"[I]n promoting the symbol (pavement) and its content (loss of adventure) to the same plane, Goyette fails to tell us a story about either: it is a case of x + x = x." Chad Campbell on Sue Goyette • Maisonneuve
"Still, when it comes to contemporary poetry, I'll take ambition that crashes occasionally over pious bird-watching and recycled experimentation any day..." Michael Robbins on Nick Laird and August Kleinzahler • Chicago Tribune
"Alice and I have been friends since 1969, when her collection of stories “Dance of the Happy Shades” and my collection of poems “The Circle Game” were both published, and I slept on her floor during a visit to Victoria. A lot of Canadians began with short stories then, because it was so hard to get novels published in Canada in the sixties. We both got our start through Robert Weaver’s CBC radio show, “Anthology.” Canadians will be thrilled, Alice will be bowled over, and we will all have a party once she has made her way out of the coat closet, where she has probably gone to hide." Margaret Atwood • New Yorker
"The extent to which Arendt values the “personal” is particularly vivid in her decision to make the centerpiece of her essay Brecht’s poem “Der Herr der Fische,” which she claims is “among his very best works” and “the only strictly personal poem he ever wrote”" Jennifer Ashton • Nonsite
"If one is going to take liberties with the original, as both of the translations under review do, there should be a payoff." Robert Pogue Harrison on new Dantes • NYRB
"The first full English version of the Zibaldone is a major event in the history of ideas. With its publication, Leopardi will be ranked among the supreme interrogators of the modern condition." John Gray • New Statesman
"It’s just a very lucky thing, finding editors whose taste coincides with what you’re doing." Ellen Bryant Voigt • Granta
"[T]he poems in Metaphysical Dog don’t supplant the earlier work but grow organically from it. Bidart, as maker, is fueled by dissatisfaction, which parallels the romantic discontents he charts." Meg Schoerke on new books by Rich, Stern, Bidart and Daniel Hoffman • Hudson Review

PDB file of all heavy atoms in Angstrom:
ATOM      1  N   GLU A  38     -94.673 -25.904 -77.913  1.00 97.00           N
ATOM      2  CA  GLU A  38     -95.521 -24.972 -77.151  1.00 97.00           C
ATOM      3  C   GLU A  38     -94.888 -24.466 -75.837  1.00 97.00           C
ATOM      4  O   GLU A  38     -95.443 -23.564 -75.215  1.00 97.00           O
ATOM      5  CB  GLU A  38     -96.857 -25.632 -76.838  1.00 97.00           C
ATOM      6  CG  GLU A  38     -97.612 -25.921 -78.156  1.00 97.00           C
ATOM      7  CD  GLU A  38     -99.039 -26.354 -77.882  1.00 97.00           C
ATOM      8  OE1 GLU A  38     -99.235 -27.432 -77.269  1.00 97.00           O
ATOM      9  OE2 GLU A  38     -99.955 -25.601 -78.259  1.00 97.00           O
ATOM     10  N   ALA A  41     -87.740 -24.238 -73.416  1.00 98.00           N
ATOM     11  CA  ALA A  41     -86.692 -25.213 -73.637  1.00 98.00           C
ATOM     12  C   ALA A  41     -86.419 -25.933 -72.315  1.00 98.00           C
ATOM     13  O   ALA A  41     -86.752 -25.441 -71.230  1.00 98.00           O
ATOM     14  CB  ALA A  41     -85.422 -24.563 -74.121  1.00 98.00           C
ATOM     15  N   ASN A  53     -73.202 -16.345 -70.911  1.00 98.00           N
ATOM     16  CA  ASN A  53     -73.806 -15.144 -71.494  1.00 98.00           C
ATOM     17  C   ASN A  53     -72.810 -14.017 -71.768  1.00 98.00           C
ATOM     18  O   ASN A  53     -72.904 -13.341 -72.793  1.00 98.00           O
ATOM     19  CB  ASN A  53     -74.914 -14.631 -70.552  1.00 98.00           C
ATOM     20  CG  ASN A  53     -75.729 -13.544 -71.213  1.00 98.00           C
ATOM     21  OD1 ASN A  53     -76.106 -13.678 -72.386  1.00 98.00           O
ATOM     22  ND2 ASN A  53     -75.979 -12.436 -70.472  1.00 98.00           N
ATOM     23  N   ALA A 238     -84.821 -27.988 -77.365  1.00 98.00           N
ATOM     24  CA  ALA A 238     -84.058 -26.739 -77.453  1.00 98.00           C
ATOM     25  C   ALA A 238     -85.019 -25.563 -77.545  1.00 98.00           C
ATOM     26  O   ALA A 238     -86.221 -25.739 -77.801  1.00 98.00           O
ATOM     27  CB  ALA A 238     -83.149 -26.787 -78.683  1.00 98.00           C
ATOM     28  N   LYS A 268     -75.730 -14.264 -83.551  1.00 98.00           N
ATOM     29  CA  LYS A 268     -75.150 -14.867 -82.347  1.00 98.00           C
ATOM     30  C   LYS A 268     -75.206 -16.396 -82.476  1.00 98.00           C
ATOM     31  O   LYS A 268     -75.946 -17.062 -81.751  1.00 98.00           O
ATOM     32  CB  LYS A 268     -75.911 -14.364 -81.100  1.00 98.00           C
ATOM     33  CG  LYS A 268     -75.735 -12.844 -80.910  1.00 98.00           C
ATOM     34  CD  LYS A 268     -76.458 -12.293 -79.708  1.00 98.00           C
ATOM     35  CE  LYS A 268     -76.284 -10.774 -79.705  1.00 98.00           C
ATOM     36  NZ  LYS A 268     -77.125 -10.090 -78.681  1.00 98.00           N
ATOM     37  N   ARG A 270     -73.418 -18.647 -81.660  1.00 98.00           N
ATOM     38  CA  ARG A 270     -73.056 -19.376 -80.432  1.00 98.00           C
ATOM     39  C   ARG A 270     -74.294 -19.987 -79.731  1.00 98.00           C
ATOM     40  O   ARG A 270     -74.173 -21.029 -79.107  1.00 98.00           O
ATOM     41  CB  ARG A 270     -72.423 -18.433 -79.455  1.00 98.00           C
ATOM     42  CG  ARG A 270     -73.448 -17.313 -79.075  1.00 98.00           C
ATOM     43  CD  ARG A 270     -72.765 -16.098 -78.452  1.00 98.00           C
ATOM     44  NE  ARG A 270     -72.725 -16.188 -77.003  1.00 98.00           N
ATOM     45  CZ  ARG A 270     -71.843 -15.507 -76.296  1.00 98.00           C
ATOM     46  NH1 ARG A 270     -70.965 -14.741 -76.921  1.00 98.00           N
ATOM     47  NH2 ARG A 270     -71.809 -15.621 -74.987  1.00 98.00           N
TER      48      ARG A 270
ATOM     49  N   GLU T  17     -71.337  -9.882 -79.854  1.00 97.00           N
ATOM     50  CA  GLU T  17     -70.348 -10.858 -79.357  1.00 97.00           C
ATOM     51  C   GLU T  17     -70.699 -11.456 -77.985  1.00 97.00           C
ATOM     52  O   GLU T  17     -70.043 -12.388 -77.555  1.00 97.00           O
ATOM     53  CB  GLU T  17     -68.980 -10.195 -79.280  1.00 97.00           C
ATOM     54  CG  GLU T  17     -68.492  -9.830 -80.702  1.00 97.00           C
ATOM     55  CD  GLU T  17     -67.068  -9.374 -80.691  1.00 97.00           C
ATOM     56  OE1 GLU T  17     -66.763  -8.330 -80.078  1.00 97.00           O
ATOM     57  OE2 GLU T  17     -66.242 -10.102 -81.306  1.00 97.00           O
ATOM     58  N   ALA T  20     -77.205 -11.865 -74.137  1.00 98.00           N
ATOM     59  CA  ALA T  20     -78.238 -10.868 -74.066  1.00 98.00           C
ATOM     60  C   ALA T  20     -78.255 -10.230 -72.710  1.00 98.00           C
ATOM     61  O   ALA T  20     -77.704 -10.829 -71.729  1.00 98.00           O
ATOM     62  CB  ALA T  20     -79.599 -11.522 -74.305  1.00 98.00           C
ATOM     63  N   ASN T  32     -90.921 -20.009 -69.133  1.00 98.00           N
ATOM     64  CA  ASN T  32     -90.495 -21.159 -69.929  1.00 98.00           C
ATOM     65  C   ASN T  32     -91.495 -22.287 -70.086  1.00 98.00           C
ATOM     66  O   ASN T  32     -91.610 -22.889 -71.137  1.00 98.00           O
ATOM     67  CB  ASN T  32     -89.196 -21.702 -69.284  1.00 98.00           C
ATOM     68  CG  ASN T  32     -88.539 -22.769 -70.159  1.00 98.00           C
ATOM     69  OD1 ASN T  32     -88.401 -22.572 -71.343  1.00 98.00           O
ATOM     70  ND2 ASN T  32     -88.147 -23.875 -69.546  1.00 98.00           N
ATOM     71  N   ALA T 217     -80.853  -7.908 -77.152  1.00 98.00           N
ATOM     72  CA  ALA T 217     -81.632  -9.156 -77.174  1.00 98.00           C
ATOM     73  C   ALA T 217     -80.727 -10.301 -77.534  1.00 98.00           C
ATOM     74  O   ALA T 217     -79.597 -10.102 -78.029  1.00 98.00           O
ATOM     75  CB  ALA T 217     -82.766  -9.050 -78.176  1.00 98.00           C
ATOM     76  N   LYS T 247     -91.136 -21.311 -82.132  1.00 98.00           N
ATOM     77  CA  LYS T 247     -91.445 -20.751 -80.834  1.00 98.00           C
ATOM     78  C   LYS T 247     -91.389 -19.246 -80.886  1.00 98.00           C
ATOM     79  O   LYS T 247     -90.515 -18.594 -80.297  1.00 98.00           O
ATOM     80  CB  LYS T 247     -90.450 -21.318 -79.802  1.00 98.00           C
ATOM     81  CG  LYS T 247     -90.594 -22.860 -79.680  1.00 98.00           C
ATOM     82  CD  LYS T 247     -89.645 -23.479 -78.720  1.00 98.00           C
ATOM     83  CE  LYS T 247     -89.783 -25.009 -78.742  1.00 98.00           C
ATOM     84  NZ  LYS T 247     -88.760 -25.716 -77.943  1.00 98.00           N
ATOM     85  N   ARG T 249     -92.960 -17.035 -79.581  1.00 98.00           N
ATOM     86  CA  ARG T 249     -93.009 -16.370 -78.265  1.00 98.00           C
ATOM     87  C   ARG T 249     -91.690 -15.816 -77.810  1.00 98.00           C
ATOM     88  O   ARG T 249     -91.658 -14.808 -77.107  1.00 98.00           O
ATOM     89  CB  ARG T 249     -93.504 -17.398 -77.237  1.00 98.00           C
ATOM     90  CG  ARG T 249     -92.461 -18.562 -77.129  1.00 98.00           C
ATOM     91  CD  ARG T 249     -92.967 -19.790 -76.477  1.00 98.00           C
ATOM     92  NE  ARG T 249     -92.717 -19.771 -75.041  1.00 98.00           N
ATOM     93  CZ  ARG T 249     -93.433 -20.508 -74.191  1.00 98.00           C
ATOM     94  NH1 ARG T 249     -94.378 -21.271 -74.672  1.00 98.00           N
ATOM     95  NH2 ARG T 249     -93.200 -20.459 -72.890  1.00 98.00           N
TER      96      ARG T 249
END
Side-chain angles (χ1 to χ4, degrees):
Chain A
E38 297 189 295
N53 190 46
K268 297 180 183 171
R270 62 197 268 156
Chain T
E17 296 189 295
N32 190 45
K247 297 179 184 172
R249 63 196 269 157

"[Harriet Monroe] invented a box, you could say — and promptly set to work thinking outside it. Her magazine was, therefore, like she was: unpredictable, difficult, and infuriating." Don Share • Poetry
"These three poets deserve more space and scrutiny." Eavan Boland • Irish Times (1966)
"In an attempt to sail between the Scylla of 'the Irish mode' originally sponsored by Thomas MacDonagh and maintained as a literary category by later writers such as Robert Farren in his book The Course of Irish Verse (1949), and the Charybdis of a more standardized, New Lines-ish, iambic English, I devised a conceit in which Irish experience was to equal vowels and the English literary tradition was to equal consonants, and my poems were to be 'vocables adequate to my whole experience'. It was, admittedly, a fairly Euphuistic conception, but even so, it did signal a genuine stylistic problem, one which has been endemic to Irish writing and whose solution always represents a definite moment in a poet's development." Seamus Heaney on Padraic Fallon • PN Review (1990)
"Like a latter-day Blake or Stanley Spencer, Symmons Roberts places his revelatory imagery within a defiantly ordinary, contemporary setting, which both hints at its transcendant strangeness and brings that strangeness down to earth." Adam Newey • Guardian
"[Glyn] Maxwell’s poems are constantly sizing up and shaking down their subjects, restlessly stylised even at their most affecting." John McAuliffe on Forward Prize shortlist • Irish Times
"He originally submitted this poem in response to the L.A. Times op-ed page's unusual call for poems. They passed. Their loss." Sarah Fenske on Daniel Bosch • LA Weekly

New poems

Bill Manhire Snorkel

Joshua Beckman jubilat

Ruby Robinson Poetry Review

David Beach Snorkel

James Davis May Missouri Review

Steve Kistulentz Poetry Foundation

Frederick Seidel Paris Review

Marianne Boruch Massachusetts Review

Graham Foust jubilat

Ciaran Berry Gallery

Elaine Feinstein PN Review

Frederick Seidel Paris Review

Stevie Howell Hazlitt

Saskia Hamilton The White Review

Ben Downing Yale Review

Callie Siskel New Criterion

Donald McGrath Encore Literary Magazine

Nyla Matuk Hazlitt

Rebecca Hazelton Smartish Pace

Andrew Jamison Irish Times

Thomas McCarthy Lyrikline

Amy Gerstler B O D Y

Christopher Middleton Poetry London

Hugo Williams Poetry Review

Alan Gillis Poetry International

Elvis Bego Massachusetts Review

Wendell Berry Threepenny Review


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The Page is edited by John McAuliffe, Vincenz Serrano and, since September 2013, Evan Jones at the Centre for New Writing at the University of Manchester. It was founded in October 2004 by Andrew Johnston, who edited it until October 2009.